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Feel like you're stuck in a rut? Psychologist Dr Linda Papadopoulos gives her tips

Posted on 11/08/2017 by

Landscape 1502285187 Bored Woman At Work

Here are five powerful strategies to make you feel better

You know what it feels like, those days where you seem to be going around and around in circles, wondering if your hard work will ever pay off or indeed if there's even a point to whatever it is your doing anyway.

It happens to us all at some point, we fall into a rut and life seems flat, tedious and lacking in excitement. It makes us feel like we aren't progressing and as a consequence we feel trapped.


The thing is that feelings are NOT facts. So, if you feel trapped in a negative cycle, it's probably has less to do with a lack of fortune or opportunity and more to do with how you are thinking about your situation.

You can actually change the way you experience and react to what life throws at you simply by changing your thoughts. In fact the way that we think about our circumstances is a much more powerful determinant of our happiness than our circumstances themselves.

So here are five ways to train your mind to get out of that rut and experience life in a healthier, happier way:

1. Learn to put your anxiety in perspective

Our brains still aren't very good at telling the difference between life-threatening danger and any other kind of minor stresses. So we tend to conflate minor upsets with exaggerated feelings of doom and apprehension, ultimately making everything feel like a battle. Its important therefore to put things in perspective.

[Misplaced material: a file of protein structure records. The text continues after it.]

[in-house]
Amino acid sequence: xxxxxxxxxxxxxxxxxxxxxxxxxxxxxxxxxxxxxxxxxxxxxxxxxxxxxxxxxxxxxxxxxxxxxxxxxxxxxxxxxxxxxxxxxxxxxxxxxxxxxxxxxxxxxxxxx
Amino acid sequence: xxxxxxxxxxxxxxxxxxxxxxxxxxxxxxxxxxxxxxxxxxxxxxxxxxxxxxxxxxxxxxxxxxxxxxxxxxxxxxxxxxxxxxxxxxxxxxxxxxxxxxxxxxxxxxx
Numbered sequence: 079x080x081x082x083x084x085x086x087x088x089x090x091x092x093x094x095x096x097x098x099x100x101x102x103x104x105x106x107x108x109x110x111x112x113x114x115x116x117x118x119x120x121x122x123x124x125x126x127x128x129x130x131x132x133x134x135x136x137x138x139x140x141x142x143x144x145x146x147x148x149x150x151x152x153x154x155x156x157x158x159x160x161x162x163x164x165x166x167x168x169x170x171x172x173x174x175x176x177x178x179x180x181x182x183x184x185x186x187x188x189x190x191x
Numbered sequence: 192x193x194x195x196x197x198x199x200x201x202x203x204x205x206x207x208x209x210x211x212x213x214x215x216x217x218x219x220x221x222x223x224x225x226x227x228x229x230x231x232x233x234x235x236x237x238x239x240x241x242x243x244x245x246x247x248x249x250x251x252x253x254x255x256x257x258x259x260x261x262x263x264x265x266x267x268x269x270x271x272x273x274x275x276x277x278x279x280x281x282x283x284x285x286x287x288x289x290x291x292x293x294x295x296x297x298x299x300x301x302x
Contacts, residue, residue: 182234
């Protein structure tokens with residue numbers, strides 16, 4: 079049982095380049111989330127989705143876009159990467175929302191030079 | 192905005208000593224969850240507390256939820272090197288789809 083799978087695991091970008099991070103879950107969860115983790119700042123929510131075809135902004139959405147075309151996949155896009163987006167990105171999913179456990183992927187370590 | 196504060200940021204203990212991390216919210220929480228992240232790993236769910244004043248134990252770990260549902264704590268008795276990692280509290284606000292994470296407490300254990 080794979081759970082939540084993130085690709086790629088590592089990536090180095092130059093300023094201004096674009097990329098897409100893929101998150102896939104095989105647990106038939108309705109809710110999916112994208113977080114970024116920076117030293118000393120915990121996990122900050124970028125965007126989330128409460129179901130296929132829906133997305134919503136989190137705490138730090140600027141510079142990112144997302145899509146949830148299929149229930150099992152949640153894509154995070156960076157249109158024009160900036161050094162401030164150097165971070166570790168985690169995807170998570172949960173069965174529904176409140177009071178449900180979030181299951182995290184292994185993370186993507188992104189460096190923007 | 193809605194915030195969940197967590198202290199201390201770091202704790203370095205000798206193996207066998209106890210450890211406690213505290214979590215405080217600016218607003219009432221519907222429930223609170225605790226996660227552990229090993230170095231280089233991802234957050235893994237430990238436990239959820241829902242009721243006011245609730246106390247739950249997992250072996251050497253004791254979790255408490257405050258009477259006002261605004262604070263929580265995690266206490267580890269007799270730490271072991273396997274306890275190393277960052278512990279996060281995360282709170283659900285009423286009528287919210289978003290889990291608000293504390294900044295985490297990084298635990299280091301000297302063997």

When you're feeling anxious try and step outside of the situation and look at it objectively — is this really something that you cant cope with? What resources do you have to deal with it and are you perhaps catastrophizing and exaggerating the effect that it has on you? When you understand your anxiety and the way it affects you, you can change the way you experience it.

2. Set attainable goals

Having unrealistic goals or timelines for those goals is a sure fire way to stay stuck in a rut. In fact if our goals are too ambitious or time frame is too tight we feel like we've failed even before we've really started.

In order to get around this, try setting up small, manageable, interim goals. Be realistic about what you need to accomplish those goals are and be meticulous about setting up steps to aim for to get you there.

3. Upgrade yourself

Maybe it's learning a new coding language, going to that leadership seminar that you've been reading about or listening to lecture series you've been putting off.

Doing something that you feel is adding to your skill set either at work or in life in general will give you a greater sense of volition over your situation and allow you think about it in a different way.

Lonely woman looking out at city

4. Stop indulging in the future and dwelling on the past

If all you are doing is dreaming about the future or ruminating about past problems that brought you into this situation then you are not doing anything meaningful to get out of the rut you are in.

Instead stay motivated by having clear, realistic goals and by being constructive in terms of what you need to overcome or fix so you can make the progress you want.

Outdoor workouts and long walks make us feel happier and more motivated

5. Take responsibility for your happiness

We are sold on the idea that happiness is something that happens to lucky people- good fortune just falls into their laps, and everything just works out. The truth is that we need to make happiness happen.

We can do this in one of two ways:

The first has to do with how we think about things: whether its working on our cognition and making a point of focusing what we are grateful for, what is going well in our lives or what we like about ourselves- asserting control over self-defeating thoughts its key.

The second is to actually do stuff that makes you happy: exercise, see friends, make time to be creative. Engaging in activities and social situations that make you happy will make that rut seem much more manageable.

Source: NetDoctor